Is there any good way to recover from this? Or should I give up and order a replacement top?
I doubt you'd need to order a replacement top, no matter how bad the rust seems to you compared to the pristine surface around it. People have restored Craigslist finds where the rust was old and far more pervasive than what you're facing...... and the after photos sort of speak for themselves I think:
So no need to panic :-)
Once the surface rust is gone discolouration may bother you since the saw was so new, but the main practical issue is of course pitting. It's a safe bet that the rust won't have progressed far enough that any pitting left behind is a dealbreaker based on all the rusty garage/barn queens posted online that have been brought back to working condition!
Removing the rust
So the main way to deal with this is abrasive methods. You could take the bed off to immerse it in a rust-removal soak or to do electrolysis but it's very unlikely to be necessary to go to that extreme.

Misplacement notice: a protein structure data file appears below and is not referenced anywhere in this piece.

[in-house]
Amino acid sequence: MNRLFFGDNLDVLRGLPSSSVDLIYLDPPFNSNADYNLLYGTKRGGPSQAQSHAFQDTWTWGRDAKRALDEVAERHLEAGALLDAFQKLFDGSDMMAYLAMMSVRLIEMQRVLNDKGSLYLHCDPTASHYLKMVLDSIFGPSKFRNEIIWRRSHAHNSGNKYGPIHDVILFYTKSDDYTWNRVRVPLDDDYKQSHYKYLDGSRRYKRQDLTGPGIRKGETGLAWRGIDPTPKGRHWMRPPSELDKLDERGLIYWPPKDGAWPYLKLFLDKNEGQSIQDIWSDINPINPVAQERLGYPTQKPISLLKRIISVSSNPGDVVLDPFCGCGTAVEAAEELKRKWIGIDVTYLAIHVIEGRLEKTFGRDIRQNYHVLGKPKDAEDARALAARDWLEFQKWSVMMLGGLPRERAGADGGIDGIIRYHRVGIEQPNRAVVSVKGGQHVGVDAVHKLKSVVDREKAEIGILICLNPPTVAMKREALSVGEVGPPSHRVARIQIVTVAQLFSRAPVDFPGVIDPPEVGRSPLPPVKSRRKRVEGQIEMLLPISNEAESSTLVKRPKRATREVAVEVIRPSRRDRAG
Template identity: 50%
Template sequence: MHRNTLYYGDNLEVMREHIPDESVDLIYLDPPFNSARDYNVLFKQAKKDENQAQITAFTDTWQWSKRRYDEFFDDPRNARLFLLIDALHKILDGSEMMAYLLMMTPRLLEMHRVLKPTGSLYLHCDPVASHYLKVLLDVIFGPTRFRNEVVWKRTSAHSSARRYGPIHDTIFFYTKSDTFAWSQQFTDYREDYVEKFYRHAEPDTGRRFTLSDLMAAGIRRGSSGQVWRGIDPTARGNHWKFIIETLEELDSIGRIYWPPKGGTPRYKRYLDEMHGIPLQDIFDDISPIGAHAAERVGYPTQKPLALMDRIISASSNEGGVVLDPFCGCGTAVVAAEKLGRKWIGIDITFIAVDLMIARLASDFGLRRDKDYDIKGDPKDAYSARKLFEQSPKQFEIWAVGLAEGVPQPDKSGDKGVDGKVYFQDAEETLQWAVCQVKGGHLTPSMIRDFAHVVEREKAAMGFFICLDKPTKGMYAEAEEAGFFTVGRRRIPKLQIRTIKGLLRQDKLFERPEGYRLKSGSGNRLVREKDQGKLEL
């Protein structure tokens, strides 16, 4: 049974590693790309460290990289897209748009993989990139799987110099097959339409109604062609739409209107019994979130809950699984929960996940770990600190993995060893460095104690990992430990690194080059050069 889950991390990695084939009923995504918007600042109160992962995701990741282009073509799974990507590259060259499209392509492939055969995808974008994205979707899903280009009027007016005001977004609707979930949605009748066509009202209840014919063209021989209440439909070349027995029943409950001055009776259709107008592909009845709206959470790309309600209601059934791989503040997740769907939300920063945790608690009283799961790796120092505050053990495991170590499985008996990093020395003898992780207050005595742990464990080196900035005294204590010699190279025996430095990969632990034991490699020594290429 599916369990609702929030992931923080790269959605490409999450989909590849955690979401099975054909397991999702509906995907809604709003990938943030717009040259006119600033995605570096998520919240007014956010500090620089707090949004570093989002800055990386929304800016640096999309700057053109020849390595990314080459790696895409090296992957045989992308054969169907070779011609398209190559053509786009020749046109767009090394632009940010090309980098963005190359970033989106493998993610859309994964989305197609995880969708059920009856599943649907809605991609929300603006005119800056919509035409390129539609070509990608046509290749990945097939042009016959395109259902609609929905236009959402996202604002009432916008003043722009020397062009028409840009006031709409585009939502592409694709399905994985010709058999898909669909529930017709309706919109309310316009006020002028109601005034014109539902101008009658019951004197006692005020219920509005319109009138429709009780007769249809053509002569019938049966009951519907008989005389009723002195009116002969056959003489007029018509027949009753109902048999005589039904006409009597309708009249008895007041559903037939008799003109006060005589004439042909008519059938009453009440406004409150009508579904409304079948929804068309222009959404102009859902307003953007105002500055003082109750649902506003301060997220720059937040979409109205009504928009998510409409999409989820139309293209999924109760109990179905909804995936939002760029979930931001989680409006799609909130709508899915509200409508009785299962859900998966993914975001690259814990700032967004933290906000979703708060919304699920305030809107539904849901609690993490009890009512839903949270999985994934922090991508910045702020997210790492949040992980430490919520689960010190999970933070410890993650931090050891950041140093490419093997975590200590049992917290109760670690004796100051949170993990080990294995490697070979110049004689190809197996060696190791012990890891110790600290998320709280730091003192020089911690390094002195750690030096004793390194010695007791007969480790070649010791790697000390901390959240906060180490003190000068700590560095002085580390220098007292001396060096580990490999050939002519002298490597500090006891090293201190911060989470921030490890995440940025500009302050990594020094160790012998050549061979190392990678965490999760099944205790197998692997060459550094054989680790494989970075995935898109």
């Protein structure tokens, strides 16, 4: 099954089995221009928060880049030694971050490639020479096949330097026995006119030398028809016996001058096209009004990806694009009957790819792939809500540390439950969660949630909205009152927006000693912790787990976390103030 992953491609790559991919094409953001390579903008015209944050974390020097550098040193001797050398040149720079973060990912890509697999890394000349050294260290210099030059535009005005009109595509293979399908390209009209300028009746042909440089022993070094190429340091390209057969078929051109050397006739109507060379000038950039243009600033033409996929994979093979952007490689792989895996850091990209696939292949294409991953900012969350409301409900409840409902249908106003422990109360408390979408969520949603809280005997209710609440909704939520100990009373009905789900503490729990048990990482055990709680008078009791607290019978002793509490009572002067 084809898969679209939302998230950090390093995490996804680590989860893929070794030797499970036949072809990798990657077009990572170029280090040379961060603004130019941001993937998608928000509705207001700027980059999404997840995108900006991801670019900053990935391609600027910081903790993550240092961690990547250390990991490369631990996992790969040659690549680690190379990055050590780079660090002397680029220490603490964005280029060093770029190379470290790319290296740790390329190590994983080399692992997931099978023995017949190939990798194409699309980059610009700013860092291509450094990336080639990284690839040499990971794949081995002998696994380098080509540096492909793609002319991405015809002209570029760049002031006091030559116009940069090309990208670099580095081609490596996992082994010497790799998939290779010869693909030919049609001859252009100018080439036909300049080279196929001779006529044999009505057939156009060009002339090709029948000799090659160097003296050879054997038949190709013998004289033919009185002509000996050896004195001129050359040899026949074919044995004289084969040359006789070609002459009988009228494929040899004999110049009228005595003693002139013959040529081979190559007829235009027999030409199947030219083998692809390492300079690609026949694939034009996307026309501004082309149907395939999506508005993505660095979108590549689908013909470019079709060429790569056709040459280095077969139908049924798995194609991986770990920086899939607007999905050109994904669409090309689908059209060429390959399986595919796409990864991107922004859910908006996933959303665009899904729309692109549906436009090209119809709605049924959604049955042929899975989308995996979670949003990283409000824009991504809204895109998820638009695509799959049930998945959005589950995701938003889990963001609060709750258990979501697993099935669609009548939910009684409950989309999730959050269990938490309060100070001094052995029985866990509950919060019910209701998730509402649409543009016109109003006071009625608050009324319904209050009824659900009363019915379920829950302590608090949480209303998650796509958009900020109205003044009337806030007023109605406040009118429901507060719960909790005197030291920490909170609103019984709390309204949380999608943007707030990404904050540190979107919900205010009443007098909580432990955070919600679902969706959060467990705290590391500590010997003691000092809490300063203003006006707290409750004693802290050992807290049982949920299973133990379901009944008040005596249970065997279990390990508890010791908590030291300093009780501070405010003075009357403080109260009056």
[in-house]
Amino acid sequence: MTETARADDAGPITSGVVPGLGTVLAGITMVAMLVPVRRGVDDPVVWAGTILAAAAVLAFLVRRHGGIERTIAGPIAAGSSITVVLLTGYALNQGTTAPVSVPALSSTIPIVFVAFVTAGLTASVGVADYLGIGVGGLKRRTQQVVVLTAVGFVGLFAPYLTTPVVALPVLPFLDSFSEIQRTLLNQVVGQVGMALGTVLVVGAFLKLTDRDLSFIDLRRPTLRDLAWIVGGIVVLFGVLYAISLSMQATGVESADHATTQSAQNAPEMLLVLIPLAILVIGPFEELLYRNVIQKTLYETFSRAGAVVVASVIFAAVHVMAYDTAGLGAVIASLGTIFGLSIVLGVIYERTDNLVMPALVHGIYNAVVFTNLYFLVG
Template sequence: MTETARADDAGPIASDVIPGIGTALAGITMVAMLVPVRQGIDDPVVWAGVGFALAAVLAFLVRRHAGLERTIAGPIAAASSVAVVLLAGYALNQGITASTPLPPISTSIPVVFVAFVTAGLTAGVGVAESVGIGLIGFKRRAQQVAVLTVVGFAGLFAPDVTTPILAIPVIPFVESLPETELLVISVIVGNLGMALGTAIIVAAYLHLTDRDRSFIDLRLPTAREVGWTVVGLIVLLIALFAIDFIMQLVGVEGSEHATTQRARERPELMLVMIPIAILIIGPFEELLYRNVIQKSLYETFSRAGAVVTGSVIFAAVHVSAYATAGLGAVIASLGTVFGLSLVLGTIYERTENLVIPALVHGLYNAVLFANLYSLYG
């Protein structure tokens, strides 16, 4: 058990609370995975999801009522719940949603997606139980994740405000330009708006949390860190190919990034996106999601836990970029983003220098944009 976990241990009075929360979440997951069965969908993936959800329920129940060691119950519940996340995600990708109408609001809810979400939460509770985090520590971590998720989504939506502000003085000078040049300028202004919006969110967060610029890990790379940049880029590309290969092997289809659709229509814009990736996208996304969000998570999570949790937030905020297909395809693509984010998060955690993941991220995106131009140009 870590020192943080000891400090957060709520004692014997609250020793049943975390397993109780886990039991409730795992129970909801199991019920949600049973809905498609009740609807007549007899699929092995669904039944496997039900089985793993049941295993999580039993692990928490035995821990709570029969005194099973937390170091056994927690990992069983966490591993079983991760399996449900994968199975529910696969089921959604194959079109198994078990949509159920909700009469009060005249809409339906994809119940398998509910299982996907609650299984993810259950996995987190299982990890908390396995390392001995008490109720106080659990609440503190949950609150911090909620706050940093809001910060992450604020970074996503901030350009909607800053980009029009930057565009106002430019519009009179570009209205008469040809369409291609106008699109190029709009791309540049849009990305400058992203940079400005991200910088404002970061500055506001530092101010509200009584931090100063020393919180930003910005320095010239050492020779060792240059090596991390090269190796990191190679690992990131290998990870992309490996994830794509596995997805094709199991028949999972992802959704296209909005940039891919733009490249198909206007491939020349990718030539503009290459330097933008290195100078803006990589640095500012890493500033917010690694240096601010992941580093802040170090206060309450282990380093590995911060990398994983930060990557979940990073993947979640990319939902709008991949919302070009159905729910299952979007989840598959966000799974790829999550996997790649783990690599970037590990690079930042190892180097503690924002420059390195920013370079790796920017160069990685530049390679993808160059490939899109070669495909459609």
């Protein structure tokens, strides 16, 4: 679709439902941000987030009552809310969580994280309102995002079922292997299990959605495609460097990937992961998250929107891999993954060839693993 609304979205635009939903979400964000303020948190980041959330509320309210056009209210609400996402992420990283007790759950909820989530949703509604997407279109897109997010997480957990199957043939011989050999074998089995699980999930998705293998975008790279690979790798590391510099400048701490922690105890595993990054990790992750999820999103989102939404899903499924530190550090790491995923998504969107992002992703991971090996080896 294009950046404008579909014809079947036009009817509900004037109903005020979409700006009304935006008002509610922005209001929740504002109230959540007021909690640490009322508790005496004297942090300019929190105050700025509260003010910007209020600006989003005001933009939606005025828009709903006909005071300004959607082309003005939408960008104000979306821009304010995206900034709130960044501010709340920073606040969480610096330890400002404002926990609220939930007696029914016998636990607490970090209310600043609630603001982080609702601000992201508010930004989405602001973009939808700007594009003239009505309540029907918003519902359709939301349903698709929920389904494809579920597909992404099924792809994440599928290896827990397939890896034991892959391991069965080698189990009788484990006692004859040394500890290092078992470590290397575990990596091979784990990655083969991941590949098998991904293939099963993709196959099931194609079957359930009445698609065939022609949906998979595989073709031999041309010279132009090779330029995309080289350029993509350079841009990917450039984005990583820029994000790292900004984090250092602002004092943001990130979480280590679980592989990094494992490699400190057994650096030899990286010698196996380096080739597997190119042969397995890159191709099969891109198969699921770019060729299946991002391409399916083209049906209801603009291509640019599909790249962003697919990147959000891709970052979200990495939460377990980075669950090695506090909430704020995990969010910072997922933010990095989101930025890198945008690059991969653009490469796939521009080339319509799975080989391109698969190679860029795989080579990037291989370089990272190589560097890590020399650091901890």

Remove the loose surface rust first by scrubbing with coarse steel wool or a Scotch-Brite, lubricated with something oily — mineral spirits, WD-40 or some oil (baby oil is just fine if it's all you have). Then wipe clean and assess the bed surface.
If there's some minor pitting you could do some sanding but only if you want to, once the active rust is gone you can pretty much leave it if the slight discolouration doesn't bother you. Some pitting usually doesn't affect function in any way that you'd notice so it's not actually vital to remove it.
So after tackling the surface rust you can apply a fresh coat of your usual waxy or oily rust-preventative and put the saw straight back to work.
If you do want to sand, first response in this thread on Fine Woodworking's forum is well worth a read to reassure yourself you won't do any harm to the bed of your saw by sanding it.
Some further reading:
Using Naval Jelly before sanding, here on Wood Bin.
Some people swear by solid rubber abrasive blocks such as Sandflex, here's John Hintz talking about them on NewWoodworker.com, Resurfacing Cast Iron Tables.
Three rust removal methods compared by Wood Magazine, here.
And is there any good way to reduce this risk in the future?
A very thorough waxing might have helped, but almost no rust-proofers are intended to stave off rust when there's standing liquid water, they're mainly to resist water vapour. This is at working thickness, many things (including common paste wax and petroleum jelly) in a thick layer would have allowed the table saw to come through this unscathed but they're never normally applied at that level of course.